Dual Pivot Brake Service

Properly adjusted brake systems require attention to small details. This article will discuss caliper arm adjustment, brake attachment to the frame, pad adjustment to the rim, pad centering, and pad clearance. For purposes of this article, the terms "left" and "right" will be from the "mechanic's point of view," not from sitting on the bike.


Getting Started

This article discusses primarily Shimano® brakes, but the concepts also apply to Campagnolo® and other dual pivot type brakes.

The dual pivot caliper rim brakes are used on many modern road bicycles. It is a combination of a “center-pull” and a “side pull” brake. One caliper arm has its pivot off of wheel center, the other arm pivot directly over the wheel center.

Left side and right side dual pivot brake caliper arms move on separate pivots. Pads move in different arcs as they approach the rim. The left side arm acts as a sidepull. This pad swings downward as it travels toward the rim. As this pad wear thinner, it will travel downward even more. The right side acts as a centerpull. The right pad will travel upward as it approaches the rim. Set the right pad lower on the rim braking surface, and the left pad high on the braking surface.


Pad and Caliper Adjustment

  1. Inspect the wheel for centering in the frame/fork. Pad alignment is affected by wheel centering. The image below shows a wheel off to the mechanic’s right. Center wheel before adjusting brake.

  1. Inspect that caliper is approximately centered to wheel (after wheel is centered in frame). Loosen mounting nut and move caliper arms until centered to rim. Retighten the mounting nut.
  2. Loosen and lubricate threads of pad bolt/nut. Adjust height of right pad to strike lower edge of braking surface. Adjust height of left pad to strike the upper edge of braking surface. Most dual pivot pads adjust only for height and tangent. Vertical face and toe alignments are not typically adjustable on dual pivot calipers. Tighten pad-fixing bolts.

  1. Squeeze lever to test pad clearance. Use barrel adjuster to adjust pad clearance. Set clearance for approximately 3-4mm (1/8 “) per side from pad to rim. Draw slack from system using inner-wire pinch bolt if barrel adjuster is set out to its limit.
  2. View pad centering to rim. If right pad appears closer to rim, tighten setscrew. If left pad appears closer, loosen setscrew.

  1. For Campagnolo® dual pivot type brakes, the centering screw is located on the left caliper arm. See image below.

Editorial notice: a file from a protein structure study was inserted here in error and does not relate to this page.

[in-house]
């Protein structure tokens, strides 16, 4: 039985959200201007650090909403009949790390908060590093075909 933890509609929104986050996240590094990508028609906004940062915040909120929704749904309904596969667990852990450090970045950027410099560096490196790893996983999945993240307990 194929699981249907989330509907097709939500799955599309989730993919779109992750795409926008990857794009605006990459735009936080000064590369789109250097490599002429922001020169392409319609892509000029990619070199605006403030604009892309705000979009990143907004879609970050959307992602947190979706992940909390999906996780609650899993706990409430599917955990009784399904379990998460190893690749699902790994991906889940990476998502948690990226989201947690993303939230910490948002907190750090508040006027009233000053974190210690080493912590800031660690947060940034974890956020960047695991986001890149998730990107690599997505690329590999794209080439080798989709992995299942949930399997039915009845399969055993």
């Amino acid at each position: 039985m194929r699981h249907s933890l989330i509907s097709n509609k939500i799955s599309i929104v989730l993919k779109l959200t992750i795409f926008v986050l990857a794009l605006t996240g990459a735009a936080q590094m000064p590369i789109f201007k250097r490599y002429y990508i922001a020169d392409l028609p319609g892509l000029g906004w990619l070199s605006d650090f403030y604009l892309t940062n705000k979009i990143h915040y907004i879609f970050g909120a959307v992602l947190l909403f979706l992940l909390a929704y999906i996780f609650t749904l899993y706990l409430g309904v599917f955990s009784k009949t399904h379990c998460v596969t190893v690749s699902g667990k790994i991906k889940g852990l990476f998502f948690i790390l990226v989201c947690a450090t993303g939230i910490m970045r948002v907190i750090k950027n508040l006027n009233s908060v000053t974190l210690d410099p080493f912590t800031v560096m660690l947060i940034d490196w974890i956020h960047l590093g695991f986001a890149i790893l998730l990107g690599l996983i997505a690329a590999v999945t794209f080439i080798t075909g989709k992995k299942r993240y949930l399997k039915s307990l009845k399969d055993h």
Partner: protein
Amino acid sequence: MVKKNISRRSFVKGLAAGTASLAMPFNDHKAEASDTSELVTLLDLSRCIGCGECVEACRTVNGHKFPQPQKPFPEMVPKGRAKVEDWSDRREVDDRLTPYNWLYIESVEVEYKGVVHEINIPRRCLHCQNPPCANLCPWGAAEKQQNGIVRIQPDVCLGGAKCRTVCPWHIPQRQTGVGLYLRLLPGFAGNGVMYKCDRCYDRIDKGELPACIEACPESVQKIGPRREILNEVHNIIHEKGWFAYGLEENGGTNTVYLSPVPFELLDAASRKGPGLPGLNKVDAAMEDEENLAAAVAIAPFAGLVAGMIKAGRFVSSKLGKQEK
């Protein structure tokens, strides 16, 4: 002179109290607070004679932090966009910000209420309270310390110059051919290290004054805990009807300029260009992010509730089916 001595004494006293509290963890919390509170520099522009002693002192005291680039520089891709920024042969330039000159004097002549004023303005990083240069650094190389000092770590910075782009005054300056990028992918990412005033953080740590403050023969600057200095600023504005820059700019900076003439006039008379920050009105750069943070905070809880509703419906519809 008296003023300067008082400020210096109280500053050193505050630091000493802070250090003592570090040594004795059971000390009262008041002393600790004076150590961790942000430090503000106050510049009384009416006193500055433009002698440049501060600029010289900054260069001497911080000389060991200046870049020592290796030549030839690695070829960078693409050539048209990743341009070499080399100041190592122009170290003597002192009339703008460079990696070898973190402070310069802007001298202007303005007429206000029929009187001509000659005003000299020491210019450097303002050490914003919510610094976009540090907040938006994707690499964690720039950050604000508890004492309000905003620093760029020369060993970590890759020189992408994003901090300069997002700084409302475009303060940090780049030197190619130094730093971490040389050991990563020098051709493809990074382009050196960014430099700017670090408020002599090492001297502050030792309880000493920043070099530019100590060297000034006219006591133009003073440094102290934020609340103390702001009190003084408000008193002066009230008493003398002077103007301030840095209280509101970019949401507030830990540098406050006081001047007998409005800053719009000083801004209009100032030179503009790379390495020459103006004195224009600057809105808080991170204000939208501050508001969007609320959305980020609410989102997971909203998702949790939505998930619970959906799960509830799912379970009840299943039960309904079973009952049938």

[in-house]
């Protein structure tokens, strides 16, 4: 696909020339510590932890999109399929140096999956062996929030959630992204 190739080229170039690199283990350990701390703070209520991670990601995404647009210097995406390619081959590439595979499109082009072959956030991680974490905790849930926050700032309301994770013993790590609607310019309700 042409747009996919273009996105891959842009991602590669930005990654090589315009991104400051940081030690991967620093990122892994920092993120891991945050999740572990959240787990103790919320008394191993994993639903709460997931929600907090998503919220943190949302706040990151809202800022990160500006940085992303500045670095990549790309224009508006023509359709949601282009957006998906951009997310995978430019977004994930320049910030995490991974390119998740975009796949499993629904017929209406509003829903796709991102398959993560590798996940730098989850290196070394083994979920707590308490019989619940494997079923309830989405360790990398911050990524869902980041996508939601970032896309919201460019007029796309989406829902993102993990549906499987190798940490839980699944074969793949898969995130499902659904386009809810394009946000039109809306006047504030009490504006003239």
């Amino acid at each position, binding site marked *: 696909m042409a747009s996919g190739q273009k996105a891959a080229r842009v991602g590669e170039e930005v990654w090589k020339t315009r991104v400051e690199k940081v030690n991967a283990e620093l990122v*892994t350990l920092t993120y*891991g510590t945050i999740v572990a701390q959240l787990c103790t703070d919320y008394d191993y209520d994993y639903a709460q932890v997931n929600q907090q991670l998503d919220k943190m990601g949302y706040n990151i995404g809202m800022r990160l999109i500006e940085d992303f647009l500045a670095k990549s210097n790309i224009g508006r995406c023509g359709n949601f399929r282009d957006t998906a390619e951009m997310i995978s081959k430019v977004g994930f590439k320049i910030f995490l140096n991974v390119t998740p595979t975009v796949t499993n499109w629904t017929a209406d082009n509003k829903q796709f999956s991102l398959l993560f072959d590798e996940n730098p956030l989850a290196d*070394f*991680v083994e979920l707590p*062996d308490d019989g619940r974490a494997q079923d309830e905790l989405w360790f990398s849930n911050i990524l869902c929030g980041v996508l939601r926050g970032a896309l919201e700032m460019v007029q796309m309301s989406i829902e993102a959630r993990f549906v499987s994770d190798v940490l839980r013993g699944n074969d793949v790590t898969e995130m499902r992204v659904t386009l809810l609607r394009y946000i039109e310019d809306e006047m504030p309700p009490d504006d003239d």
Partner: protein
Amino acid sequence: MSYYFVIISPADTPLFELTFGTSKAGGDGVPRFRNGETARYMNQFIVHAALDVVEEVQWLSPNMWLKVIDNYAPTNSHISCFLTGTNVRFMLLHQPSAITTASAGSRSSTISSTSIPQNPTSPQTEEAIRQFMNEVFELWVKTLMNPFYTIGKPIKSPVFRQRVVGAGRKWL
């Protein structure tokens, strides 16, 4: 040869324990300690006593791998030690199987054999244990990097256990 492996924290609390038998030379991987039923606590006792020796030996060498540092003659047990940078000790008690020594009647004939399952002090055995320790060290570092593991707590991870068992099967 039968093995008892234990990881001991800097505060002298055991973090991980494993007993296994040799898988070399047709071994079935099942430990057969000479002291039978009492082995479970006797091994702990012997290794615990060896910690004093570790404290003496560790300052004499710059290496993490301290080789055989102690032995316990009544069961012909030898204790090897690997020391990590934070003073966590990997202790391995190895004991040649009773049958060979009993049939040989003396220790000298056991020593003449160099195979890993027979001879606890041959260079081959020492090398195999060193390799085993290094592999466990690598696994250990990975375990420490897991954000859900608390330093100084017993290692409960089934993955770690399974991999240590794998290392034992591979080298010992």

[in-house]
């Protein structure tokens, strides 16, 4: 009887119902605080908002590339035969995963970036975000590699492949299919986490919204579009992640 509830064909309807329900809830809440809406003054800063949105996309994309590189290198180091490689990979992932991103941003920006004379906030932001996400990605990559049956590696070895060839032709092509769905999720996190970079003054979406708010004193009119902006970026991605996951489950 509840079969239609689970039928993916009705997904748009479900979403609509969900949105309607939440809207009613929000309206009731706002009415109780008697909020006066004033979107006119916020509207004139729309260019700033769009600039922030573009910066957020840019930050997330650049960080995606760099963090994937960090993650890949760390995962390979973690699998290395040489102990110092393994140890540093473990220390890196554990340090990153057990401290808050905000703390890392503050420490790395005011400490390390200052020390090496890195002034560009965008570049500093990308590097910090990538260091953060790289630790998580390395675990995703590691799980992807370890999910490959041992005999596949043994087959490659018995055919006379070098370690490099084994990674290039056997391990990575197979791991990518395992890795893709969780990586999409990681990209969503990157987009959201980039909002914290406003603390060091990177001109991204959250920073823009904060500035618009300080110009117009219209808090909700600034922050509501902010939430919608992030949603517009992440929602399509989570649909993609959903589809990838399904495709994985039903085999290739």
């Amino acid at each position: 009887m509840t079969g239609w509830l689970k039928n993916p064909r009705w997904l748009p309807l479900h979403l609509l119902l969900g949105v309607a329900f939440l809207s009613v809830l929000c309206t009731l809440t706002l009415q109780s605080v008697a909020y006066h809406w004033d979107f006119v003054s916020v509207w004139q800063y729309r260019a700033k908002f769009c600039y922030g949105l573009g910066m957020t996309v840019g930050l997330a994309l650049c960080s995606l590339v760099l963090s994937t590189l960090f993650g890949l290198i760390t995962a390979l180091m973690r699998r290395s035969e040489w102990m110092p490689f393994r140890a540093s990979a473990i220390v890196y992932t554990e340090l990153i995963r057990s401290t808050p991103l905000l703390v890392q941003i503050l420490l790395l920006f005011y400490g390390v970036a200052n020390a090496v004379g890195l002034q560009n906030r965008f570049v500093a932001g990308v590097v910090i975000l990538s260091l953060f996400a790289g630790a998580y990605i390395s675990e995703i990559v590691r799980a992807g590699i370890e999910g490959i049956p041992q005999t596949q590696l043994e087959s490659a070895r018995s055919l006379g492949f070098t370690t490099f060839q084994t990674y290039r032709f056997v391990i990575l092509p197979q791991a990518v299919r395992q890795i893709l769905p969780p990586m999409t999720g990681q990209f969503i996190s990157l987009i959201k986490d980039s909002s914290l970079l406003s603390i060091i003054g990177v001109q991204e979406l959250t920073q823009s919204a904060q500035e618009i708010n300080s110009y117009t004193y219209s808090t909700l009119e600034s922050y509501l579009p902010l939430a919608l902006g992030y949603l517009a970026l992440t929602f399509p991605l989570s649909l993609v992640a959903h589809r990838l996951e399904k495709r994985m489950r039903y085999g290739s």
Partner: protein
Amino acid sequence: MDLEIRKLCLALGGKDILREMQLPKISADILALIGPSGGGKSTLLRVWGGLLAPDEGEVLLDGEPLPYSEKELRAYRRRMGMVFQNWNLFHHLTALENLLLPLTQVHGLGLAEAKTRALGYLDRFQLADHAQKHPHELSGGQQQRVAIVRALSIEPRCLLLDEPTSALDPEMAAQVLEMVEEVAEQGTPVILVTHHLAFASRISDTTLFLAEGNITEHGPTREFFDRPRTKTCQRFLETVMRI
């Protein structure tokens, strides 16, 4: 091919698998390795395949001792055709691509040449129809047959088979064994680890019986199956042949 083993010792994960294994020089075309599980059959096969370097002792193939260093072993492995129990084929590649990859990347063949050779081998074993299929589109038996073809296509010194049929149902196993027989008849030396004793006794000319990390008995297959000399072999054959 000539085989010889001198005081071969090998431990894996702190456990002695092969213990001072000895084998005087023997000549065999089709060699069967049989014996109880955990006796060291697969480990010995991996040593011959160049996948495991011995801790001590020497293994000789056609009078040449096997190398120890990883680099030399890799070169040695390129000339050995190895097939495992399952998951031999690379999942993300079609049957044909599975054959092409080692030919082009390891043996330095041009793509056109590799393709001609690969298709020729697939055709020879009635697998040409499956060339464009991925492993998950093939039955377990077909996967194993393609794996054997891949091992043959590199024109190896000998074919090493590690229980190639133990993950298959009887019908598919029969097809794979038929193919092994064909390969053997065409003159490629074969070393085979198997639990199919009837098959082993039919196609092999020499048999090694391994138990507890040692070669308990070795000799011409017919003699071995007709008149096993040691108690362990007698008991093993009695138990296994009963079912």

NOTE: It is generally not recommend that dual pivot brakes be bent for “toe”. On less expensive brakes with thin caliper arms, it is sometimes possible to bend the arm so the leading edge of the brake contacts the rim first. This can help in reducing brake squeal. If the caliper arms are thicker and stiffer, as with better quality brakes, there is a risk that the caliper arm will snap and break rather than bend. If squeal is a problem in the brake, consider filing the pad so there is a slight gap at the back of the pad.

Pads will wear out with use and require replacement. Pads will also harden and become ineffective with age. Pads may also become embedded with aluminum or other contaminants. Inspect and remove as necessary. Pads that are aligned too low on a rim will tend to develop a lip on the low edge. This lip makes correct alignment impossible.



Some brakes use a brake pad holder. The pad can be removed and a new one installed. The holder will be open in the back and closed in the front. There is often a set screw at the back of the pad holder. Loosen the set screw, and use pliers to pull the back backwards. The new pads are then pushed into the holder. If the fit is tight, a vise with soft-jaws can be used to press the pad into place. Reinstall set screw.


Caliper Arm Pivot Adjustment

Because each arm has a separate pivot, each arm pivot is adjusted separately. Neither arm should have play, or a back and forth knocking. Additionally, neither arm should bind as it moves. The caliper arm bridge behind each arm is threaded for each arm pivot bolt. Behind each pivot bolt is a locknut. Dual pivot use a spring to push open the side-pull type arm. A setscrew in the side-pull type arm pushes on the center-pull arm to open it.

  1. To adjust the center pivot of the right arm, begin by removing the brake from the bike.
  2. Loosen set screw located under bridge. Not all brands and models use a setscrew on this bridge. Campagnolo® uses a setscrew in the locknut behind the brace.


  1. Release spring tension by un-hooking the spring from the right caliper arm (center-pull type arm). Use care not to damage plastic spring-guide.

  1. Loosen locknut at base of mounting bolt. It is not necessary to remove locknut. Shimano® typically uses a 12-point 13mm nut. Other brands vary.

  1. Mount a L-shaped hex wrench vertically in a vise. This will act to hold the pivot bolt and free up your hands.
  2. Pivot center pull side inward to expose center bolt. Place brake down on hex wrench. Center bridge is threaded, and can also act as its own lever. Turn brace clockwise slightly (10-15 degrees) to tightened adjustment. Hold brace and fully secure locknut (about 70 inch-pound torque). Test center-pivoting arm for knocking and play. Test arm for adequate free movement. If the arm binds, loosen locknut and loosen bridge slightly. Re-secure locknut and test again. Repeat as needed.

  1. Move caliper arm to full open position and re-attach return spring. Use care not to damage plastic spring-guide.
  2. Mount brake to frame, or use soft jaws in vise to hold mounting bolt.
  3. Use hex wrench to hold right-arm adjusting bolt, and loosen locknut on backside of arm. Tighten adjusting bolt slightly. Hold bolt and secure locknut fully. Test for play in arm, and squeeze arm to rim and test for adequate free movement.

Mount caliper to bike and adjust pads as described above.